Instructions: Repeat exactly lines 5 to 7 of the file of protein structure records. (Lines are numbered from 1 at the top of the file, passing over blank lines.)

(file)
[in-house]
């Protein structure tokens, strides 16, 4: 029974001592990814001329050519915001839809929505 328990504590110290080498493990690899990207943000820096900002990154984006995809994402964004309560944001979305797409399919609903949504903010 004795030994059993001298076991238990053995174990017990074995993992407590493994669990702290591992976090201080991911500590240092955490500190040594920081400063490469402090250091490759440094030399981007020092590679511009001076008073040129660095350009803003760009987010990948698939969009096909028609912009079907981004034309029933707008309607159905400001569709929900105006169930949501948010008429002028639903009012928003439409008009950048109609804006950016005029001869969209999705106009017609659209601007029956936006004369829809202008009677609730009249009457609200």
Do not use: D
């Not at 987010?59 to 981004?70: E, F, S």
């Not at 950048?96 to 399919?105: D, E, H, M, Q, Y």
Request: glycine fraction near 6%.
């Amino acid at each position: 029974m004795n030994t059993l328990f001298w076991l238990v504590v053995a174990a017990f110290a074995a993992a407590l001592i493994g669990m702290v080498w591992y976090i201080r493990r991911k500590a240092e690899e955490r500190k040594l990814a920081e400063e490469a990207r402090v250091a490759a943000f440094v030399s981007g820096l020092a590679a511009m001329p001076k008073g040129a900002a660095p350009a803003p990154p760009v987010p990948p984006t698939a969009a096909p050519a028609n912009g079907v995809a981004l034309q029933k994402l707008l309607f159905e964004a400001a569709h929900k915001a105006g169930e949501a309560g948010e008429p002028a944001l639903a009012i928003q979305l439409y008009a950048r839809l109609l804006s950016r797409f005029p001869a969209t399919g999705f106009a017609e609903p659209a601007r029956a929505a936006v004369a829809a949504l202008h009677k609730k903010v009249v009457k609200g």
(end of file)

């Not at 950048?96 to 399919?105: D, E, H, M, Q, Y």
Request: glycine fraction near 6%.
């Amino acid at each position: 029974m004795n030994t059993l328990f001298w076991l238990v504590v053995a174990a017990f110290a074995a993992a407590l001592i493994g669990m702290v080498w591992y976090i201080r493990r991911k500590a240092e690899e955490r500190k040594l990814a920081e400063e490469a990207r402090v250091a490759a943000f440094v030399s981007g820096l020092a590679a511009m001329p001076k008073g040129a900002a660095p350009a803003p990154p760009v987010p990948p984006t698939a969009a096909p050519a028609n912009g079907v995809a981004l034309q029933k994402l707008l309607f159905e964004a400001a569709h929900k915001a105006g169930e949501a309560g948010e008429p002028a944001l639903a009012i928003q979305l439409y008009a950048r839809l109609l804006s950016r797409f005029p001869a969209t399919g999705f106009a017609e609903p659209a601007r029956a929505a936006v004369a829809a949504l202008h009677k609730k903010v009249v009457k609200g």